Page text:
How to Create Custom Ansible Wildfly Module – Part 3


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Introduction

Welcome to Ansible Wildfly Module part 3. Well, after creating a server, it is time to configure the JVM parameter. Basically, Wildfly host already has default JVM parameter. So, in practical, setting JVM is not a must, but sometimes it is needed.

Take note here, this how-to only works in domain mode as well.

Use Case

In this use case, I want to leverage Wildfly host with these specifications: JVM for a server with minimum heap size 512MB, maximum heap size 1024MB.

Well, maybe you have already noticed that there are permgen parameters, which in Java 8 are not needed anymore. But, currently the properties is there, so just add this parameters as a precaution. Maybe someone is using JDK 7.

And of course, if we can add JVM then we have to provide the remove functionality as well.

Cheat Sheet

This how-to is running on JDK 8, Wildfly 10, Python 2.7 and Ansible 2.1.2. Moreover, these are JBoss-CLI commands for JVM purpose.

Step by step

Step 1 – Create Python File

As usual, create a python file and name it jcli_jvm.py. Then put the file under library folder. Also do not forget to add hash bang and import statement.

Step 2 – Create Function to Check JVM Existence

Just as all previous posts, before creating or removing JVM, we need to have a functionality in order to validate whether the JVM has already been created or not. Also, one of the reasons is to determine the Ansible changed flag as well.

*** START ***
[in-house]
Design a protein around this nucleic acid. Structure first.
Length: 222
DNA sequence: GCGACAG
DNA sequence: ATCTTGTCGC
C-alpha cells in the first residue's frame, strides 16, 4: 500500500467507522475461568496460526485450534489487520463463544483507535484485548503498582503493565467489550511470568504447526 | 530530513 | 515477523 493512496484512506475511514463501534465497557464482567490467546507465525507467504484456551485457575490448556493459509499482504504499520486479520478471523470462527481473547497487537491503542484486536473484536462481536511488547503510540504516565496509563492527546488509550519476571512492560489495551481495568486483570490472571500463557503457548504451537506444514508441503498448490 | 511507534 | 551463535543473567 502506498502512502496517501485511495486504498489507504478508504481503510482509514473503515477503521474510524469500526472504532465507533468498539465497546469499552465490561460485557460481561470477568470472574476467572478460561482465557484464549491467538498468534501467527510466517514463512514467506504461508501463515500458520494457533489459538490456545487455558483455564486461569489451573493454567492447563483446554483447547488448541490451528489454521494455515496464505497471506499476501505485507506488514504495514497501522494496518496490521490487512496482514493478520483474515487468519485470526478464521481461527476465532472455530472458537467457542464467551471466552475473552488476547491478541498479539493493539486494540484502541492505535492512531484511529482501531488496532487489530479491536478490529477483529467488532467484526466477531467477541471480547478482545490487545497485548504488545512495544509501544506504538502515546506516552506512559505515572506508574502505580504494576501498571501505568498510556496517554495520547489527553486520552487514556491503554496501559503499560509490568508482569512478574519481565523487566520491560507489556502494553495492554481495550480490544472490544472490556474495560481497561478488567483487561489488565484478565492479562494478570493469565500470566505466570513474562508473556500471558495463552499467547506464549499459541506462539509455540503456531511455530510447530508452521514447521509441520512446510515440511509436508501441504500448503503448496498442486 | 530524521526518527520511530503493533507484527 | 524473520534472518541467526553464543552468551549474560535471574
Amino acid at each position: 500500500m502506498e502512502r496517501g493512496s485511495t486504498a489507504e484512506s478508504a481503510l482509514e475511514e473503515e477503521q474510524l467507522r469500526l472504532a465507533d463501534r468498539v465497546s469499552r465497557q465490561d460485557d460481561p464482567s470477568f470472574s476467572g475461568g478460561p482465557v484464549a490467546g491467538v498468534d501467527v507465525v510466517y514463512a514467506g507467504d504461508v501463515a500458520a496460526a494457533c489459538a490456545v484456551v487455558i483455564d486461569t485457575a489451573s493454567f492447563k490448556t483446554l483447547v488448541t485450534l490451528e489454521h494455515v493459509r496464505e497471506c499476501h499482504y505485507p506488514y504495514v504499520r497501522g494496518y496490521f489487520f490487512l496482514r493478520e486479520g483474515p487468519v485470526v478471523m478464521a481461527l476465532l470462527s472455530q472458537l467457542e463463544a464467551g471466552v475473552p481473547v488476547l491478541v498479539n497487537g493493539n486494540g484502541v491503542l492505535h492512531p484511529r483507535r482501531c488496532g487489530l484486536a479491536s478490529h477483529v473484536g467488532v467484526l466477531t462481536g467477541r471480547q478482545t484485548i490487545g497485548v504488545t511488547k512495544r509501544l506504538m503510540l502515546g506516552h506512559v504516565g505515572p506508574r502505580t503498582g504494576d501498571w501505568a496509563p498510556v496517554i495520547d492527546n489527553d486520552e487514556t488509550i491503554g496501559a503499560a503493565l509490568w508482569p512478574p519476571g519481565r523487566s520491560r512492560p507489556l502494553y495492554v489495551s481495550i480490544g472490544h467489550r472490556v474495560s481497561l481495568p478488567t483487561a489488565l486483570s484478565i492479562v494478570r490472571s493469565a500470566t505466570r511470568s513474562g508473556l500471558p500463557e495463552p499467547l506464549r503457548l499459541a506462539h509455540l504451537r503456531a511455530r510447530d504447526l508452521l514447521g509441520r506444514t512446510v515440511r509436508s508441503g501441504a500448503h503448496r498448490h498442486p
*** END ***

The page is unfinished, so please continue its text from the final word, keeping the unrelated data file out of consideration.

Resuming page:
Note: this similar with part 1 and part 2.

  1. We have six dictionary keys, which are jboss_homeserver_group_namecontroller_host, controller_portuser and password. These keys will be defined in the main method.
  2. Whenever the result contains WFLYCTL0216, it is assumed that the JVM with the given name already created.
  3. Whenever the result contains WFLYPRT0053, it is assumed that the remote host cannot be reached.
Step 3 – Create Functions for JVM Maintenance

In this step, we need to create to functions. First is for creating JVM and setting the parameters, then attach to specific Wildfly Server. We will give it a name jvm_present. Secondly, the function to remove JVM from it and name it jvm_absent.

jvm_present

jvm_absent

Note:

  1. There are 8 additional field keys, which are: host, server_config_name, jvm_name, heap_size, max_heap_size, permgen_sizejvm_options and max_permgen_size.
  2. After setting the new JVM parameter, we need to reload the server in order to make it works.
Step 4 – Define Main Function

Now it is time to define main function. Collect all the dictionary keys and the state keys, then put them into main function. And define the main function as well.

Step 5 – play.yml

It is time to add this module into your play.yml.

Note: I snipped the playbook only for JVM part. If you want to see the whole parts, you can see in previous post.

Execute the play.yml then you will see similar result:

Execute playbook
Execute playbook
Wildfly Web Console
Wildfly Web Console

Conclusion

Now we have successfully attach JVM with custom parameters into Wildfly Server. The next part is about deploying our WAR or EAR into the it. Have a blessed day!

Author: ru rocker

I am a professional software developer with more than 10 years experiences. I am a certified Java Developer (SCJP and SCWCD). However, In the recent months, I have more interest in DevOps and start to become a polyglot developer. Python and Go-lang become my favorite programming languages besides Java.

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